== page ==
How Web Animation Works

By: Tom Harris

Flash and Shockwave

Macromedia has had a great deal of success with two closely related formats, Flash and Shockwave. Flash is now the standard format for rich animation on the Web, and Shockwave is a very popular format for presenting more complex animated content. Unlike Real Player and QuickTime files, Flash and Shockwave movies actually appear as part of the Web page and include a high level of interactivity, just like a straightforward HTML page. The Shockwave player not only plays animation, but also recognizes user input and then controls how the browser responds.



An interactive Flash movie from our submarine article. Click on the buttons to make the sub surface and submerge.

An interactive Flash movie from our submarine article. Click on the buttons to make the sub surface and submerge.

Flash and Shockwave are not the only formats for this sort of animation, but they have caught on more than any other similar format. Flash in particular has been successful because it comes bundled with most browsers and can transmit fluid, attractive animation very quickly.

Quick Download Time

There are a couple of different factors that make quick download time possible. First, there is the nature of many Flash files and Shockwave files. Unlike GIF animation, Flash and Shockwave files are largely vector-based. This means that instead of saving the picture as a series of pixel values, the authorware program describes the image as a series of lines and shapes, which it records as mathematical values. A straight line, for example, is described by the angle of its ascent, its coordinate position in relation to the other shapes and its length in relation to the other shapes. Describing images this way allows the program to save wide sections of an image -- sections that might consist of hundreds of pixels in a bitmap file -- as a couple of figures. Both Shockwave and Flash can also use bitmap images, which webmasters can condense and scale down to keep file sizes small. These bitmap pictures can also be moved around the screen by paths, much like still images moving around in dHTML animation, which helps keep the total file size down. Most Flash files are completely vector based, however, which makes them especially quick to load.

When your images are produced this way, it decreases the number of frames the animator has to create. Flash and Shockwave technology can create tween frames very easily between vector-based key frames, by calculating the change in geometric information between the two images. This takes up a lot less space than straight bitmap animation, which has to store every frame as a unique image.

The other chief innovation is the way in which the files are actually transmitted. Flash and Shockwave files are streamed over the Internet so that the browser can begin playing the "movie" before the entire file has downloaded. Just as a server sends the text of a Web page first and then any picture files, a Flash site can be configured to send an introduction movie while the rest of the Flash content is loading. Webmasters can code the file so that a browser will start playing the movie once a certain amount of the file is downloaded. This is timed so that each part of the file is transmitted before the movie plays to that point. This is also the way streaming video works.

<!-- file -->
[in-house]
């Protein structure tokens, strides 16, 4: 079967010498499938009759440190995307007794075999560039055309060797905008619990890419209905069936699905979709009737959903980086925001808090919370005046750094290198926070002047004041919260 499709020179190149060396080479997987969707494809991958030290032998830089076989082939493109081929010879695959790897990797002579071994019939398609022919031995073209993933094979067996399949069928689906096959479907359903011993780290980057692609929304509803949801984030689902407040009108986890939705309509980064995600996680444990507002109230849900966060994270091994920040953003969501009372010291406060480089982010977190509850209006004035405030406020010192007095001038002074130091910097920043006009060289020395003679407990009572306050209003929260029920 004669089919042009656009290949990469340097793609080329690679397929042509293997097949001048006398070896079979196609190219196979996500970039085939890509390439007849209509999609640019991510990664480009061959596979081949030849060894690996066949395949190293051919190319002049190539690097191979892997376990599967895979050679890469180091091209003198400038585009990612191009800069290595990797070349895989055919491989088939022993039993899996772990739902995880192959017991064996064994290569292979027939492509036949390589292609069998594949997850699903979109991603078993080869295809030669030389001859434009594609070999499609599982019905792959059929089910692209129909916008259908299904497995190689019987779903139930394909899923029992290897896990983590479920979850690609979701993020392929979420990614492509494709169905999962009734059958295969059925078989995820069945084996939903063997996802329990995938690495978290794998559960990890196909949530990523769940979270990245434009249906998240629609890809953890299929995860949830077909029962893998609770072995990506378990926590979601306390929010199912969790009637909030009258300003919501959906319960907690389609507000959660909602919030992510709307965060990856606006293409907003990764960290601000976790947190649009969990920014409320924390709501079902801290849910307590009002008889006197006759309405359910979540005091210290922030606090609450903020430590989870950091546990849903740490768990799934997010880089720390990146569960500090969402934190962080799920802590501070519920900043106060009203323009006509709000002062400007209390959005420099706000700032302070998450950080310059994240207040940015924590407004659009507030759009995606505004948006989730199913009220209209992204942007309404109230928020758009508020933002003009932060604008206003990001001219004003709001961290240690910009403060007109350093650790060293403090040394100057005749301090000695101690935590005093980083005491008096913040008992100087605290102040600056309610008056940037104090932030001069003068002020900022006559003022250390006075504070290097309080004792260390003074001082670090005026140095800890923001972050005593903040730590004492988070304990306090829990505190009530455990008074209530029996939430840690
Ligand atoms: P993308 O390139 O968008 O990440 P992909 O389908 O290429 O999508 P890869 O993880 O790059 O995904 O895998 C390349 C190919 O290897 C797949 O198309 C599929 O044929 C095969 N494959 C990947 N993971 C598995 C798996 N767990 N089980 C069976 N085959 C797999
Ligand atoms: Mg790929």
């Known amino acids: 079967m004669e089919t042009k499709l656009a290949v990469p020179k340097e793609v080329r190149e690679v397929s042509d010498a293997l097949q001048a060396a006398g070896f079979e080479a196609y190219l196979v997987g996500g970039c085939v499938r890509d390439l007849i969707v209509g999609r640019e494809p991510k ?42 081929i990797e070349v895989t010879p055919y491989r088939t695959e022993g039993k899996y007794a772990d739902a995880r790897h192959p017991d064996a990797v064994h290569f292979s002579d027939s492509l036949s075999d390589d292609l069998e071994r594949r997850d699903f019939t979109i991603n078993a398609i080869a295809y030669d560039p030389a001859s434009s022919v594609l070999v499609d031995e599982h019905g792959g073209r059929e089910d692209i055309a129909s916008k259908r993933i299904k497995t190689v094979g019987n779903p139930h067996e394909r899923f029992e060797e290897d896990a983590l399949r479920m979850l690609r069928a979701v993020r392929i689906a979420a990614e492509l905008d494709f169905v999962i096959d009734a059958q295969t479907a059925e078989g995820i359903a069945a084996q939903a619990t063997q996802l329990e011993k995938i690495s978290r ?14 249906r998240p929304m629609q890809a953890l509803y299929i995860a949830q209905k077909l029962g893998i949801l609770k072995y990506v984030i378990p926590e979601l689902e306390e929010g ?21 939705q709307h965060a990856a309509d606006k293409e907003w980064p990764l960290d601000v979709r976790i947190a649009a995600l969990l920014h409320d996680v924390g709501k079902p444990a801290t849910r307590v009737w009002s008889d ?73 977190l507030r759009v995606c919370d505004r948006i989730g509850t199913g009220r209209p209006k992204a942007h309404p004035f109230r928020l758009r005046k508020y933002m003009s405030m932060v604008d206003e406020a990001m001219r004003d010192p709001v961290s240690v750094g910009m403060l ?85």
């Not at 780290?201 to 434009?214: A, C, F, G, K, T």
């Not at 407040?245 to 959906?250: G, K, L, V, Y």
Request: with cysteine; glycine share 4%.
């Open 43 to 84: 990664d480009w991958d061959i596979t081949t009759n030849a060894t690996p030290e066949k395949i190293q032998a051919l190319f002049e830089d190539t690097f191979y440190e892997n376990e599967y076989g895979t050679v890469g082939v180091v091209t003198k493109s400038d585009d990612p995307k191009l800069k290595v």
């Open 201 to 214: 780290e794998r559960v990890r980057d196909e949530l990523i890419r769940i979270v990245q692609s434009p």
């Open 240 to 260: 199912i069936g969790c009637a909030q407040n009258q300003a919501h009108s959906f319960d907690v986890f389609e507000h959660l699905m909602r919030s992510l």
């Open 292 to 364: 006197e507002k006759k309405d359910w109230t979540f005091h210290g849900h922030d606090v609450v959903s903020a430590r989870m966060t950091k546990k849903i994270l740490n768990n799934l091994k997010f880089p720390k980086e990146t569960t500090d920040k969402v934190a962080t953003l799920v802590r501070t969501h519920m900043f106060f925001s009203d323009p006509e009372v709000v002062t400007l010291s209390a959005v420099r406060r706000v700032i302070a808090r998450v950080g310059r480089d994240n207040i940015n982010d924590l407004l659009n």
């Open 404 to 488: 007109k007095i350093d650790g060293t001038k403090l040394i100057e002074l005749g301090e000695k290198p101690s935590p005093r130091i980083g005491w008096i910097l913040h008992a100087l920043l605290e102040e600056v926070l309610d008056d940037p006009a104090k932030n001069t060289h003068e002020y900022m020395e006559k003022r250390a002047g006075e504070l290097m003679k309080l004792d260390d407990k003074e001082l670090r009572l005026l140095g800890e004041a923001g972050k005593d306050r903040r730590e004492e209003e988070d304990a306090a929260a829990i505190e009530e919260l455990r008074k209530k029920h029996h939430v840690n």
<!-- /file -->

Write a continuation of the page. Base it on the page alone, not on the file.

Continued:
Flash and Shockwave have caught on with so many Web users and Web designers largely because of Macromedia's dissemination strategy. These days, the plug-ins come packaged with the major Internet browsers and computer operating systems, and it's very easy to get the free plug-in if you don't already have it. All installation procedures occur in the background, so the user doesn't have to exit the browser program for a lengthy download process. The authorware is expensive, but it is readily available.

It's also easy to update the plug-ins, allowing Macromedia to continually develop and then distribute new technology. The company intentionally designed the Flash and Shockwave players to adapt to future modifications, so the user doesn't have to do anything to update the player but download the file. And since these files are fairly small in size, it doesn't take much time to do this. Additionally, if a site detects that you don't have the newest version of the plug-in, your browser will tell you, and direct you to the Macromedia site to download the update.

The different animation formats on the Web all have particular strengths and weaknesses. But many webmasters end up using Flash, even when another format might be better suited to their needs, simply because they know that most Web users already have Flash capability; and if they don't, it's really easy for them to get it. The universality of Flash and Shockwave leads more webmasters to include Flash content, which further spreads the acceptance of the formats.